Wednesday, June 25, 2008

Artistic Sensibilities

Over at Monsters and Manuals, there's a pretty good rant that touches on the question of old school art and its relevance to contemporary gaming products. I don't agree with it all, but there's much there with which I sympathize. As I noted in the comments to yesterday's review, though, I'm still grappling with the precise nature of my problems with a lot of neo-old school art and why I want something different. So, please bear with me on this question. Right now, I'm mostly at the instinctual, "That ain't right" phase of plumbing my esthetic sensibilities. I can't quite put into words why I dislike much of what I've seen in old school gaming products without sounding like I'm just being arbitrary -- which I may in fact be.

At this stage, I can only say that I think there must be room for something in between the aping of the past and the total rejection of it. I realize that's not very helpful, which is why I haven't taken much time to talk about what I do want and do like on the art front. I'm going to have to do some thinking on the subject, though, and see what I can come up with. I talk too often about my reaction to neo-old school art to be able to get away with not having a positive explanation for what I do like and why. So, give me a couple of days and I'll get around to the subject.

I'm off to get some other work done, but I'll likely be back later with some thoughts on one or two other subjects later today.


  1. In the Pod-Caverns post below, you asked me to write a little more about what characterizes old-school art's content - as opposed to its technique (which I think doesn't exist as a single type of technique). In general I don't like the term "old-school" for purposes of discussion because it means so many things to different people - "old school" is whenever you started playing. Watch for 3e players to begin using the term to refer to the 2000-2008 period very soon.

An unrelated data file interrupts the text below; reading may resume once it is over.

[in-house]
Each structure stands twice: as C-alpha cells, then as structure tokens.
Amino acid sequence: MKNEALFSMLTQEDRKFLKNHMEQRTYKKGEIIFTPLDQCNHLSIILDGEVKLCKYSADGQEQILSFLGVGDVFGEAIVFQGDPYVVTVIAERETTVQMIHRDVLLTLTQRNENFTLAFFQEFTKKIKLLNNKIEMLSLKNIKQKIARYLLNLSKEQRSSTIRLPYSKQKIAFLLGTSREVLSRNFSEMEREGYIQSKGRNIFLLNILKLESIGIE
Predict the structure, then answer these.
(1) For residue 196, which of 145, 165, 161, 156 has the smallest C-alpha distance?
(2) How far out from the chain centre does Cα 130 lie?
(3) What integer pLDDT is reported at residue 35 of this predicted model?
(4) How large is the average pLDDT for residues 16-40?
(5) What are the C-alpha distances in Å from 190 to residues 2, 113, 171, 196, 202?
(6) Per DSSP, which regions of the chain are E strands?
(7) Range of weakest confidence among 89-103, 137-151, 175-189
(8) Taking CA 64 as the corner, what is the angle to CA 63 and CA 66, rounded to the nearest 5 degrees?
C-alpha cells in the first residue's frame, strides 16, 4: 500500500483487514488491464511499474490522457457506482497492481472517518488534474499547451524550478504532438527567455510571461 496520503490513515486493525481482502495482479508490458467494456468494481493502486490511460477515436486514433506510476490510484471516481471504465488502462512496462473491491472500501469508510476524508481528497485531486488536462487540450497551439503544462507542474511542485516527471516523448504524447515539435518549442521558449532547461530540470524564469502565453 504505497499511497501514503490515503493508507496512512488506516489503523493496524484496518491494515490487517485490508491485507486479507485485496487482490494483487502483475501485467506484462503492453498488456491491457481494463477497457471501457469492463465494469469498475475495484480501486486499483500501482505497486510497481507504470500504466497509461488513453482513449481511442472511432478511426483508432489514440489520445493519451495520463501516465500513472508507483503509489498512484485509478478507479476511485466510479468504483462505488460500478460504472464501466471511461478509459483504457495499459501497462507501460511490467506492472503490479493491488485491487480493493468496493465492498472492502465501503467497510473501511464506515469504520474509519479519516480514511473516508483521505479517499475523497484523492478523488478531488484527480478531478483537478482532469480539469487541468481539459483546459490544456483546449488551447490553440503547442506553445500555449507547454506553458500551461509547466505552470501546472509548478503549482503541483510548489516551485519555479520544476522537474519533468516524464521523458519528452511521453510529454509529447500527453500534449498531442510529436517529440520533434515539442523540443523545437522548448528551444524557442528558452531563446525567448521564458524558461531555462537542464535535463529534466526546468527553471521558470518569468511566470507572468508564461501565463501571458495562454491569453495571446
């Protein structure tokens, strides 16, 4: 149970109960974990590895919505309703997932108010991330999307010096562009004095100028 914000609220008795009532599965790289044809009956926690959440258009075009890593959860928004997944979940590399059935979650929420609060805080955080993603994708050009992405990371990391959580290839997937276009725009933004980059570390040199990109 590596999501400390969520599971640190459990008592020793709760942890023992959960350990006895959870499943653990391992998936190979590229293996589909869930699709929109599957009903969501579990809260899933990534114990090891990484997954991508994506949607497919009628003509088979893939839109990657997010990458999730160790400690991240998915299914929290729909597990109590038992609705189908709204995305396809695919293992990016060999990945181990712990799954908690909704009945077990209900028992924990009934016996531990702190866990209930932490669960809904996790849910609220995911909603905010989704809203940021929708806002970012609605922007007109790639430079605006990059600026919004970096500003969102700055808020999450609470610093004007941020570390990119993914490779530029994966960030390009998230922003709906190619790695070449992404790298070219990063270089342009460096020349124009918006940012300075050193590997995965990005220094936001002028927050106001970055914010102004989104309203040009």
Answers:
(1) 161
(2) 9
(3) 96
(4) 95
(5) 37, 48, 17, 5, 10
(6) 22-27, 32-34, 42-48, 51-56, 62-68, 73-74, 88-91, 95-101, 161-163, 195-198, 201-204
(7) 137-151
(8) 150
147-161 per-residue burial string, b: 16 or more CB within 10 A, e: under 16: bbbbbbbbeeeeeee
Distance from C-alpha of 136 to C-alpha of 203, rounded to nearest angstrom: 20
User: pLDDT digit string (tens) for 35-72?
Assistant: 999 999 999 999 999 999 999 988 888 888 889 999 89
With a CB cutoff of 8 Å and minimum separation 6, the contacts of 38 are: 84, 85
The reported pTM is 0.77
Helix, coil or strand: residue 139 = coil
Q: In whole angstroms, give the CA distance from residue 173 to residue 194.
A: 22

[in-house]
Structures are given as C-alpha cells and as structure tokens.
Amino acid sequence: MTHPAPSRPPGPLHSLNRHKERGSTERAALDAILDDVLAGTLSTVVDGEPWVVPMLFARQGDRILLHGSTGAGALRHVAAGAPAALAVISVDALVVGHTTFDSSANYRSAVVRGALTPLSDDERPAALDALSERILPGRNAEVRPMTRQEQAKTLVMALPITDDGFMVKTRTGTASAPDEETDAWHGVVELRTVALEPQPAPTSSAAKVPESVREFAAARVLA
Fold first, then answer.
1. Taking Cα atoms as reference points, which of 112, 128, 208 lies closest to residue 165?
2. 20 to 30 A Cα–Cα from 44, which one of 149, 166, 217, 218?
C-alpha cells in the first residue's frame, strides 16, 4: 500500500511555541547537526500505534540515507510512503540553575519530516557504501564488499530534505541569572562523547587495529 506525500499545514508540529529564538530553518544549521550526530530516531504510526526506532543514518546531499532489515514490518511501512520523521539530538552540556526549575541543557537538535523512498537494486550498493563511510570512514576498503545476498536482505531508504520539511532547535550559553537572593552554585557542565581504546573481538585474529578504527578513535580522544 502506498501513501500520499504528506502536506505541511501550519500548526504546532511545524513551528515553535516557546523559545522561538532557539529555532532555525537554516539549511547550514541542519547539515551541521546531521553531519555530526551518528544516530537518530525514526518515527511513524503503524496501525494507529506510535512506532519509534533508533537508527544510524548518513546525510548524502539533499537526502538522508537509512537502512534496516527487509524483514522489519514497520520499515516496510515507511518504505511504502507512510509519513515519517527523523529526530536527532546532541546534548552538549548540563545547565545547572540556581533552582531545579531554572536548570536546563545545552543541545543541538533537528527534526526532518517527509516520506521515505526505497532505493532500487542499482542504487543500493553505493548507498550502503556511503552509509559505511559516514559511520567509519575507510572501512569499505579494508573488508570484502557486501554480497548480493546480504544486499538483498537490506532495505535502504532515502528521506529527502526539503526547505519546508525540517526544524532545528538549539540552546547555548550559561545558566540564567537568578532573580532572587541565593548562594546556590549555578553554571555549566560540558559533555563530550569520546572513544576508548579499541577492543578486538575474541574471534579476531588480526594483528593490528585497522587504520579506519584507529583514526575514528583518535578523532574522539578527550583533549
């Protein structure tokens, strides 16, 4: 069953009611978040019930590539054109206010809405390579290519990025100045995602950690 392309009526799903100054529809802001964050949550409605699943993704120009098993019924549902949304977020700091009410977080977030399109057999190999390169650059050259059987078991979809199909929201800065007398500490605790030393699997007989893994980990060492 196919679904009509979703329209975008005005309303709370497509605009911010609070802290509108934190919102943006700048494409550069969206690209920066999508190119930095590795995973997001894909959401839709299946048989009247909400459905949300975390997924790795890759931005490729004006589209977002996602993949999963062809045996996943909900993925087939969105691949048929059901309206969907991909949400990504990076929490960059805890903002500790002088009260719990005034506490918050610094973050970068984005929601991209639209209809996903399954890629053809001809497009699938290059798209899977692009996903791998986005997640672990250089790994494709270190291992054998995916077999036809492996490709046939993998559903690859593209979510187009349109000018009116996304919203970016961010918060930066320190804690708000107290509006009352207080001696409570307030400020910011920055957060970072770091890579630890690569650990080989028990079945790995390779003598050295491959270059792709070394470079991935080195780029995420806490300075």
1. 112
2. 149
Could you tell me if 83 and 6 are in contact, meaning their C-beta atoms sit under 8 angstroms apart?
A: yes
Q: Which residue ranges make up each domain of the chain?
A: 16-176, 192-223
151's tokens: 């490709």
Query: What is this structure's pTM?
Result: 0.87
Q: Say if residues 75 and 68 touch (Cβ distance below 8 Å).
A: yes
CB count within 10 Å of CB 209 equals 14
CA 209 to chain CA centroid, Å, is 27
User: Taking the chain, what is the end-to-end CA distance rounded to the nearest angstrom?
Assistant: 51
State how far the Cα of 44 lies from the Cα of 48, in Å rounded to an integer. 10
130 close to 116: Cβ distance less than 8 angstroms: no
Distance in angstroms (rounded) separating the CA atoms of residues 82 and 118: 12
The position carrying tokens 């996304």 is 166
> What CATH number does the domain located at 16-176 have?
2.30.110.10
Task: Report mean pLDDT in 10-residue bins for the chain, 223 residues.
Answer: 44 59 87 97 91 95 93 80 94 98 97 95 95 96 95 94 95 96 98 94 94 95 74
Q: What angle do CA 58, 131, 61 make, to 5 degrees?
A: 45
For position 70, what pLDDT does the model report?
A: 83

I think the first and foremost distinction between old and new school is that old school art tends - tends only - to assume that the fascinating thing which needs illustration isn't the characters so much as the situations in which they find themselves. Moreover, these situations aren't so much the combat situations as the "thinking" situations. To my mind, the shift from "situation" to "character" mirrors a focus in the game in general, but that's for another day. Suffice to say that the best primary definition of old school art is that focus upon interesting backgrounds and on thinking situations. Look at James' avatar of the GH cover. The fighter is pretty generic - you can't tell a thing about his personality. The focus of the piece is that he's faced with a tactical situation: an interesting one, an unusual one, and a creepy/cool one. He's neither depicted in swashbuckling action nor in a "face the camera" pose. He's nothing but an archetype. He's a character any player might have. For these reasons, the piece is pretty electric in a way that matches up with old-school play. The roleplaying is not brought to the fore, nor is the moment of combat. What's brought to the fore is the moment of decision, the moment that the player of a game knows well and where the player feels the tension of decision-making. Another example is the "magic mouth" picture from the old PHB, the picture of the adventurers reaching out for treasure (also the PHB, I think), and the PHB cover itself, where the combat is finished, but thieves are about to pry out the jeweled eye of a huge idol - there's a mix of "job completed" and "oh, crap, what's about to happen..." These are all examples of thinking situations where the characters are very much in the background and the situation or the environment are in the foreground.